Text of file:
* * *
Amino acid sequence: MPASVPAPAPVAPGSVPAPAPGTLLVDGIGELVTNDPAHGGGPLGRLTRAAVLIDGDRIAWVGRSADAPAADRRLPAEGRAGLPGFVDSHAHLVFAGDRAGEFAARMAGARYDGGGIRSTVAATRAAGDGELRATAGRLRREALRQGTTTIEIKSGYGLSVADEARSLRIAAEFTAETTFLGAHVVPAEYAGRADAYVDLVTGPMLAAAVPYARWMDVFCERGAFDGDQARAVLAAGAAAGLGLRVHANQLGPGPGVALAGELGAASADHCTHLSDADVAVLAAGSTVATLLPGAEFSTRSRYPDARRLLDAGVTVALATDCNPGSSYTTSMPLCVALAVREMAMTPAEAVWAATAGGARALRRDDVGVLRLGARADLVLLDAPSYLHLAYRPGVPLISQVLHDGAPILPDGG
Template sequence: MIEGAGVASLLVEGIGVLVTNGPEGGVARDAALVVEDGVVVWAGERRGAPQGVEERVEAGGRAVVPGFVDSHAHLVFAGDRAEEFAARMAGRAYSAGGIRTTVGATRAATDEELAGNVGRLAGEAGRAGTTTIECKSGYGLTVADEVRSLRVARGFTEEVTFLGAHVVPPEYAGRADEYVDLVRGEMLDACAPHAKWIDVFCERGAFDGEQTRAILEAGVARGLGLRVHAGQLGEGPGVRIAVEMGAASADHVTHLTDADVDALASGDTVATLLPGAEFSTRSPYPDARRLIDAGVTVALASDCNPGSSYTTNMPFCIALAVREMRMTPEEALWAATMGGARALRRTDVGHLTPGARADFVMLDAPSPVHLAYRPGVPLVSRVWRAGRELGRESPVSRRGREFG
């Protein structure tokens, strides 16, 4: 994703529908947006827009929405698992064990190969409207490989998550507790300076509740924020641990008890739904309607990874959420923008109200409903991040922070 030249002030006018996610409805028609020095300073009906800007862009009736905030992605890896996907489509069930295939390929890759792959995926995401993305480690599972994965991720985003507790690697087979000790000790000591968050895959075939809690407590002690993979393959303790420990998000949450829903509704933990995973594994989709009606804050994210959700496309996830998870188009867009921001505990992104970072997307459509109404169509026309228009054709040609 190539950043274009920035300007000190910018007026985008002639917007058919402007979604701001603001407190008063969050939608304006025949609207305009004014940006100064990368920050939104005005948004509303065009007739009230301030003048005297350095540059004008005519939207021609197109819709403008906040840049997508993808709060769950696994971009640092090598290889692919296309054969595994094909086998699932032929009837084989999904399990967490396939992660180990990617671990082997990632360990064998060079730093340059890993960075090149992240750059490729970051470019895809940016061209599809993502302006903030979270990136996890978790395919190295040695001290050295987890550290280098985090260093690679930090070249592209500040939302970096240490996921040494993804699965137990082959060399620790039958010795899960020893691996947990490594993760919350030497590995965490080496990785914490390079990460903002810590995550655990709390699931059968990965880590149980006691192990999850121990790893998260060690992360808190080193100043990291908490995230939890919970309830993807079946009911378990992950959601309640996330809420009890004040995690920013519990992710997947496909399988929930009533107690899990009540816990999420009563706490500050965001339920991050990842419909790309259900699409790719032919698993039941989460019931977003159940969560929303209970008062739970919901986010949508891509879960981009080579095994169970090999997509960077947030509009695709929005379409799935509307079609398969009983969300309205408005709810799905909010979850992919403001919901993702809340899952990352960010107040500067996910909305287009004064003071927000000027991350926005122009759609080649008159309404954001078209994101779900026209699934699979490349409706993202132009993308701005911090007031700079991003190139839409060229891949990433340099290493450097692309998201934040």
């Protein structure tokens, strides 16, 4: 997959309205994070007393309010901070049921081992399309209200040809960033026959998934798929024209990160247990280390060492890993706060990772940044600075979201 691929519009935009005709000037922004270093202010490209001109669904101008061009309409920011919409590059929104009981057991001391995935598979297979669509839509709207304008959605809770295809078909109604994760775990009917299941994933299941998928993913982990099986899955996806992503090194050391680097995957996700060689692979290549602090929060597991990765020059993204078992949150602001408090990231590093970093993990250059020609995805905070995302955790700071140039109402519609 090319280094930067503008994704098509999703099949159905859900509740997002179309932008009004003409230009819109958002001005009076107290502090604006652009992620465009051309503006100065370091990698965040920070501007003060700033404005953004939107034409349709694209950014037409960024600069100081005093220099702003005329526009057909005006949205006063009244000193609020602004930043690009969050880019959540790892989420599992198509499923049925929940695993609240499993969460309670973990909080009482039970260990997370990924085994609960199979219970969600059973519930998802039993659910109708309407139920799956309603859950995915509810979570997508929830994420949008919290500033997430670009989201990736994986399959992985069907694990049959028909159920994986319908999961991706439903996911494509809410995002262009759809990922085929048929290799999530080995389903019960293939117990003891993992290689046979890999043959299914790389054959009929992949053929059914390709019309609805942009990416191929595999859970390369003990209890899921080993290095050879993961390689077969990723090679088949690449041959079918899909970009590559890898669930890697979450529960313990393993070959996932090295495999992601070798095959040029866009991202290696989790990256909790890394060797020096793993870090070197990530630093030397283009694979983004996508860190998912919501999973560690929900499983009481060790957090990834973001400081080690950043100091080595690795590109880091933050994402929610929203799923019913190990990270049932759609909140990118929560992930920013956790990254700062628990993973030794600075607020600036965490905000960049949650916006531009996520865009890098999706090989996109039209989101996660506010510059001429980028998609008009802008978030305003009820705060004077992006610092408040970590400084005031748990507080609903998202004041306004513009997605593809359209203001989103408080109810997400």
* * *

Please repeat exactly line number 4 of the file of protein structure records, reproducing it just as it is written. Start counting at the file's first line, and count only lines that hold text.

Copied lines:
């Protein structure tokens, strides 16, 4: 997959309205994070007393309010901070049921081992399309209200040809960033026959998934798929024209990160247990280390060492890993706060990772940044600075979201 691929519009935009005709000037922004270093202010490209001109669904101008061009309409920011919409590059929104009981057991001391995935598979297979669509839509709207304008959605809770295809078909109604994760775990009917299941994933299941998928993913982990099986899955996806992503090194050391680097995957996700060689692979290549602090929060597991990765020059993204078992949150602001408090990231590093970093993990250059020609995805905070995302955790700071140039109402519609 090319280094930067503008994704098509999703099949159905859900509740997002179309932008009004003409230009819109958002001005009076107290502090604006652009992620465009051309503006100065370091990698965040920070501007003060700033404005953004939107034409349709694209950014037409960024600069100081005093220099702003005329526009057909005006949205006063009244000193609020602004930043690009969050880019959540790892989420599992198509499923049925929940695993609240499993969460309670973990909080009482039970260990997370990924085994609960199979219970969600059973519930998802039993659910109708309407139920799956309603859950995915509810979570997508929830994420949008919290500033997430670009989201990736994986399959992985069907694990049959028909159920994986319908999961991706439903996911494509809410995002262009759809990922085929048929290799999530080995389903019960293939117990003891993992290689046979890999043959299914790389054959009929992949053929059914390709019309609805942009990416191929595999859970390369003990209890899921080993290095050879993961390689077969990723090679088949690449041959079918899909970009590559890898669930890697979450529960313990393993070959996932090295495999992601070798095959040029866009991202290696989790990256909790890394060797020096793993870090070197990530630093030397283009694979983004996508860190998912919501999973560690929900499983009481060790957090990834973001400081080690950043100091080595690795590109880091933050994402929610929203799923019913190990990270049932759609909140990118929560992930920013956790990254700062628990993973030794600075607020600036965490905000960049949650916006531009996520865009890098999706090989996109039209989101996660506010510059001429980028998609008009802008978030305003009820705060004077992006610092408040970590400084005031748990507080609903998202004041306004513009997605593809359209203001989103408080109810997400």